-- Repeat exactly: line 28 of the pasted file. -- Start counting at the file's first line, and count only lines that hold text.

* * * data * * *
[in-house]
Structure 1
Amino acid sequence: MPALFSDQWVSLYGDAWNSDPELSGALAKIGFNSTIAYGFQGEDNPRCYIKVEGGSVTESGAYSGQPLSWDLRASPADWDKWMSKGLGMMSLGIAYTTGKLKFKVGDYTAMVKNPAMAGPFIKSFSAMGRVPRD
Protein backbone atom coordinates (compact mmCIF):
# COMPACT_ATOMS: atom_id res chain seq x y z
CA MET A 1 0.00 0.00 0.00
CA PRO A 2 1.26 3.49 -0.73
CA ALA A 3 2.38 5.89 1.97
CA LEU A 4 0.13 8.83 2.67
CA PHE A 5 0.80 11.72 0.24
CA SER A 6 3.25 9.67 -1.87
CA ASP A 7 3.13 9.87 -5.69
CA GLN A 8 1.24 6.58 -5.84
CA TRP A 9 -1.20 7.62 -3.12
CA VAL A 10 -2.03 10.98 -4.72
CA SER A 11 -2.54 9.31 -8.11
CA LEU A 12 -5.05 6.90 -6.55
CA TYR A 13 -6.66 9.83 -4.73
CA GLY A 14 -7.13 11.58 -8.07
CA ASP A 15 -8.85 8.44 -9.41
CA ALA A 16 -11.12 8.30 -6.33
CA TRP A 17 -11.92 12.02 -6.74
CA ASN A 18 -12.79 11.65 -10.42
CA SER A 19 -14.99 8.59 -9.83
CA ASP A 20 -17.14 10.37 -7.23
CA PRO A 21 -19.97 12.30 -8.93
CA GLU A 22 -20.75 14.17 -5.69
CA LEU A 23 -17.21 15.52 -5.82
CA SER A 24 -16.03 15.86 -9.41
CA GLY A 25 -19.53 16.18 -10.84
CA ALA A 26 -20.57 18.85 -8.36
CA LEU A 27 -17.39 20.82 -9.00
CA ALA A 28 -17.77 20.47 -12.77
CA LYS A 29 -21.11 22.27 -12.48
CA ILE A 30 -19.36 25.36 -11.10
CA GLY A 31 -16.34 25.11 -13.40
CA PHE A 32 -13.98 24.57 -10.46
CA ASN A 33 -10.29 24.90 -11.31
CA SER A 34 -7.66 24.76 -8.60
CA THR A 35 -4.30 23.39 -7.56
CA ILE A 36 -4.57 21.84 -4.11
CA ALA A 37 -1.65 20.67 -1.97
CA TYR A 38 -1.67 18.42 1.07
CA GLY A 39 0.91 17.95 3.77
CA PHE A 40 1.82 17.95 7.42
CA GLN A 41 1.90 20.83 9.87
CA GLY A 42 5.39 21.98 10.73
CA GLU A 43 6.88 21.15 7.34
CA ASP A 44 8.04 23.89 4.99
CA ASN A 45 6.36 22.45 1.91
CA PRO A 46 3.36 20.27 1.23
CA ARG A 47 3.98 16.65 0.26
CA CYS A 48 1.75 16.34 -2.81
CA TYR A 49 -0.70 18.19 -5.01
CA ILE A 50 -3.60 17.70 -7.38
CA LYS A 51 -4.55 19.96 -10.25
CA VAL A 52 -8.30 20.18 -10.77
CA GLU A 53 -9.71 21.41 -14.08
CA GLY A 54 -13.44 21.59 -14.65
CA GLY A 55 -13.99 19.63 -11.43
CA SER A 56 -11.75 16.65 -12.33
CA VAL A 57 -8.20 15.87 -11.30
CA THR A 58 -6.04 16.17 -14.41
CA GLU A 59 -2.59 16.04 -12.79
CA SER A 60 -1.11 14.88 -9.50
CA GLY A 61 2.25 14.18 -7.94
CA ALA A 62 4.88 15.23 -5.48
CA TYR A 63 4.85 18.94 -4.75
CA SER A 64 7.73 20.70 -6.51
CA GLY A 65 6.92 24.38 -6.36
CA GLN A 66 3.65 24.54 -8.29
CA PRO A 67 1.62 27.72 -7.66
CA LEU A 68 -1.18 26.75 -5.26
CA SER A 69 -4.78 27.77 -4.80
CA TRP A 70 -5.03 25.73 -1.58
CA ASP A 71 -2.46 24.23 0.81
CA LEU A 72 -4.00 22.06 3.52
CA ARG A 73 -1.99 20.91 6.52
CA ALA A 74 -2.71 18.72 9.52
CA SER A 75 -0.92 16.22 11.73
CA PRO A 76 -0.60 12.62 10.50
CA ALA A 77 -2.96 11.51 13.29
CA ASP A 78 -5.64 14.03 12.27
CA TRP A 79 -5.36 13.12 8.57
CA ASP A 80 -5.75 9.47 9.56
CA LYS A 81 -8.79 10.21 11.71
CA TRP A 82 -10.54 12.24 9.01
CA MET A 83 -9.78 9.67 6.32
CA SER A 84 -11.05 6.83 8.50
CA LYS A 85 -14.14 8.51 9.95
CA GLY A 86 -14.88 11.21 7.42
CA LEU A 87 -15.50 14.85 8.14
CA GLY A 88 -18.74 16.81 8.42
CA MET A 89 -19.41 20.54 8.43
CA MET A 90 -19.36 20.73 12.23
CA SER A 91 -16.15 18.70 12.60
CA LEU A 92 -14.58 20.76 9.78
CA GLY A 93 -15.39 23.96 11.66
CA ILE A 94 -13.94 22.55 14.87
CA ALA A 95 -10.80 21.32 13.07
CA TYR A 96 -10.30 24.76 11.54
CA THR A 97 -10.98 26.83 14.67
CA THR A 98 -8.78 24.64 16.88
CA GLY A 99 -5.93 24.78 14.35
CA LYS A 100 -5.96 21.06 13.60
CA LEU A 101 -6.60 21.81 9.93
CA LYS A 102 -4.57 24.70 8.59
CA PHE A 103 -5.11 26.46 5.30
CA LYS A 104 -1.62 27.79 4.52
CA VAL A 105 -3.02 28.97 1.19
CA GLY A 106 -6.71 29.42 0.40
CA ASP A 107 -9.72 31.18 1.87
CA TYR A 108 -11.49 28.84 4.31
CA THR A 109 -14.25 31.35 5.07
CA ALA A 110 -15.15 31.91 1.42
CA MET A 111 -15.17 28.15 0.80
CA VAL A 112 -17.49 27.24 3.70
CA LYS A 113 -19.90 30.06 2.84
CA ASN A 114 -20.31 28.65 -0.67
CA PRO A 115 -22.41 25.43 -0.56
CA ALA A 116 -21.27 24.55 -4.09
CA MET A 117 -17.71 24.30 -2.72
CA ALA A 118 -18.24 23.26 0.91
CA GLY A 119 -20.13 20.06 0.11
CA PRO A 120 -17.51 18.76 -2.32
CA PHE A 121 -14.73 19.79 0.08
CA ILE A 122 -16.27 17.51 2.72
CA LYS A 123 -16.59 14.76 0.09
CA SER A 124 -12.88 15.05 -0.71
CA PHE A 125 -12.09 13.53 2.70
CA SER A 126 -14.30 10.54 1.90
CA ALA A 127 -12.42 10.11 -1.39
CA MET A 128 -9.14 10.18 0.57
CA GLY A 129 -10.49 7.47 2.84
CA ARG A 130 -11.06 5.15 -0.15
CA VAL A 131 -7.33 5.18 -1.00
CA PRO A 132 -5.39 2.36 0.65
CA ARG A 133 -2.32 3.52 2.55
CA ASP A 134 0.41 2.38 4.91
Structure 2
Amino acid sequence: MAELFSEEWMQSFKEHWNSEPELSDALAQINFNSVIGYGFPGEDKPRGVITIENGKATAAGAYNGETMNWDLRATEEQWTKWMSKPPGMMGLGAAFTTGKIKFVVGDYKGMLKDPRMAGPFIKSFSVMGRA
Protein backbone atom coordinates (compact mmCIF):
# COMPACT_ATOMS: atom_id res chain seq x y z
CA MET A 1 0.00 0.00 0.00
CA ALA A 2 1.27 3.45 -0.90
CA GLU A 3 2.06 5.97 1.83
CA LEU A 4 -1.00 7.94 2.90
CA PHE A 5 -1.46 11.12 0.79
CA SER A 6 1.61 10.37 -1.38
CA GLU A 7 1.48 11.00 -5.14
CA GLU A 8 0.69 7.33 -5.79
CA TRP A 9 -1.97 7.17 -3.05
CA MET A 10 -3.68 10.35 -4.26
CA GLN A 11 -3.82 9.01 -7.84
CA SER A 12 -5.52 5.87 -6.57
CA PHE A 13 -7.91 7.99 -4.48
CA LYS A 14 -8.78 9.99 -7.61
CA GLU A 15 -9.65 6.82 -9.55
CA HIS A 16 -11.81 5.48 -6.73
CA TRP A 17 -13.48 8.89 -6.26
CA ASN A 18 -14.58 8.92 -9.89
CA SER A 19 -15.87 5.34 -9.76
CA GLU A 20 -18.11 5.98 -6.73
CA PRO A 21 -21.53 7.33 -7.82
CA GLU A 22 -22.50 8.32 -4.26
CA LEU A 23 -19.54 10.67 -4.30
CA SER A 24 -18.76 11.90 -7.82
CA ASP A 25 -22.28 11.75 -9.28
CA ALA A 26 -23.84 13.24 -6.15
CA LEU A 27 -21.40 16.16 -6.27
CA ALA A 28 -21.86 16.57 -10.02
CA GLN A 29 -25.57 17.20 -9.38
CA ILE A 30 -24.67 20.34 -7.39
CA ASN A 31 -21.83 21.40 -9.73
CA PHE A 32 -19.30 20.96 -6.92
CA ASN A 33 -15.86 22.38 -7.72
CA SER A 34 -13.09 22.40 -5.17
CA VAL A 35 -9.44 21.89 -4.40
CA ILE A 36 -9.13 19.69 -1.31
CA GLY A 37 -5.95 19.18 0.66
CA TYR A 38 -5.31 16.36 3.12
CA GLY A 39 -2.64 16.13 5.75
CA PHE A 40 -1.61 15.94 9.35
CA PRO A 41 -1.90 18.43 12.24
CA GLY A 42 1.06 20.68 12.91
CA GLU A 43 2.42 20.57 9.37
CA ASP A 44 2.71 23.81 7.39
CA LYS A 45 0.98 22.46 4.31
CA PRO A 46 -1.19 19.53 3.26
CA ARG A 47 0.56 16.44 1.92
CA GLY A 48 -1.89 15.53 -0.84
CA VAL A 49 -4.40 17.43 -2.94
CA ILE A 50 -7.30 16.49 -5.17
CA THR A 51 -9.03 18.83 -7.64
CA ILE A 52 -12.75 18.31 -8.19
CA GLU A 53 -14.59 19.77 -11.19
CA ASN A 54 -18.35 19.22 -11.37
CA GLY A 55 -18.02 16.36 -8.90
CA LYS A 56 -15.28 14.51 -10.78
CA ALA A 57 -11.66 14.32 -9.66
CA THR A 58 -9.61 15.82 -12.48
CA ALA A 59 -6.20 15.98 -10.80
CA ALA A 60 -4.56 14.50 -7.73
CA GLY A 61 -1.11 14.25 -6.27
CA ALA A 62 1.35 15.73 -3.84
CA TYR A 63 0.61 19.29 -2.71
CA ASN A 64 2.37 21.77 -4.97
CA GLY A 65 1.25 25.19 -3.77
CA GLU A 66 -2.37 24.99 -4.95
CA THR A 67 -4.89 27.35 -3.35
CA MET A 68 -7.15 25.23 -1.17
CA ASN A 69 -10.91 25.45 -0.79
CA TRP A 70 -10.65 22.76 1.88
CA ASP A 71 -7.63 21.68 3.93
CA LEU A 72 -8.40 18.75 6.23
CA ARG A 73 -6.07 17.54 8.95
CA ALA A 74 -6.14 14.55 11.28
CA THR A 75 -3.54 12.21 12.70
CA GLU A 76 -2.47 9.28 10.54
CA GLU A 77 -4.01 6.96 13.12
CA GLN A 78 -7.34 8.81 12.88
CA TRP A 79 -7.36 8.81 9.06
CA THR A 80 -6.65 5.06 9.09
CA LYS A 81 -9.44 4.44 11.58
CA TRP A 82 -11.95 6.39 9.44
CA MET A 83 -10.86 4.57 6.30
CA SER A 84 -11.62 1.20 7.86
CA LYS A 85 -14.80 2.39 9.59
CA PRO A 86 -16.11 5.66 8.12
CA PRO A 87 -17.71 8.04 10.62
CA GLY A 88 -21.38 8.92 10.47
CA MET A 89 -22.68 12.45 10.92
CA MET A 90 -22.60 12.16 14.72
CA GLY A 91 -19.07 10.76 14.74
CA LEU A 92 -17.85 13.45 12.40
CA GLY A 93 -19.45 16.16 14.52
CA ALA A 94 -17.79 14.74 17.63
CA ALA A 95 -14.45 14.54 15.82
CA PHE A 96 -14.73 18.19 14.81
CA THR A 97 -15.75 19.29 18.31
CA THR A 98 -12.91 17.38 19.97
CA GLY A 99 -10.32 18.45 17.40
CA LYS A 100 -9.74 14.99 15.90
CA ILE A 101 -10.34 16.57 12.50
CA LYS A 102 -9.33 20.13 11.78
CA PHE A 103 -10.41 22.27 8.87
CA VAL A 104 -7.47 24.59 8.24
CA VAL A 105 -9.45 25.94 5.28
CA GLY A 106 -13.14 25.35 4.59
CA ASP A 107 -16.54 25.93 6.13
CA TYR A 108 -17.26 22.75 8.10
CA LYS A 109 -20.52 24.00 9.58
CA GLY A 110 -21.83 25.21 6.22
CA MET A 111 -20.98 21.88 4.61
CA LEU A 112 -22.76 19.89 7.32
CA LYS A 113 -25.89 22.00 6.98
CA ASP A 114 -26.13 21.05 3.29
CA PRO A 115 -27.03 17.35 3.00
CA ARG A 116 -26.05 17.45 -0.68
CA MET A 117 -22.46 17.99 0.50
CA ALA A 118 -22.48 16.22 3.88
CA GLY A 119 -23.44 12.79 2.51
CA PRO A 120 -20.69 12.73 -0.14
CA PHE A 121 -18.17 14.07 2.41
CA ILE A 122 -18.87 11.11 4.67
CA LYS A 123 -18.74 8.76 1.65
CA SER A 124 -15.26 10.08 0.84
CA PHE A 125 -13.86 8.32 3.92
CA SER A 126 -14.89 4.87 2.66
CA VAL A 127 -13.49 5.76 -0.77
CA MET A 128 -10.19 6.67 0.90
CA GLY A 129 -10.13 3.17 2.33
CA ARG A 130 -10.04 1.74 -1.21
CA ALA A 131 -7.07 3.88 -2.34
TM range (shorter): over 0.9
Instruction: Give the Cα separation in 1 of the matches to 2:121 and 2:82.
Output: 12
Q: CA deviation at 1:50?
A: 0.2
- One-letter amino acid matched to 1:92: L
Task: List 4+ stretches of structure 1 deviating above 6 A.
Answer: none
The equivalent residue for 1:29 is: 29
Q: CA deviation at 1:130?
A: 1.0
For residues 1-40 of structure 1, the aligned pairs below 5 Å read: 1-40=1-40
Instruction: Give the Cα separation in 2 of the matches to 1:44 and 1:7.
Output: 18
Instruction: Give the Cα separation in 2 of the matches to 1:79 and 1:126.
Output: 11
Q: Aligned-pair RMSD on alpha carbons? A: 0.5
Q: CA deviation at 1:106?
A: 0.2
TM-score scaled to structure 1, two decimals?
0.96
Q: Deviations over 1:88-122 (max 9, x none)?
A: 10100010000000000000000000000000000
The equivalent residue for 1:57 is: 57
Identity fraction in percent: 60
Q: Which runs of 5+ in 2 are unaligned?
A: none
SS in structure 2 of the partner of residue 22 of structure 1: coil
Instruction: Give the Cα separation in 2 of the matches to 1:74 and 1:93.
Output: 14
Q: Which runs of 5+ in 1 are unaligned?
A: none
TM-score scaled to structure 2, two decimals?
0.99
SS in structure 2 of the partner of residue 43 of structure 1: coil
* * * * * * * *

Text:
CA LEU A 23 -17.21 15.52 -5.82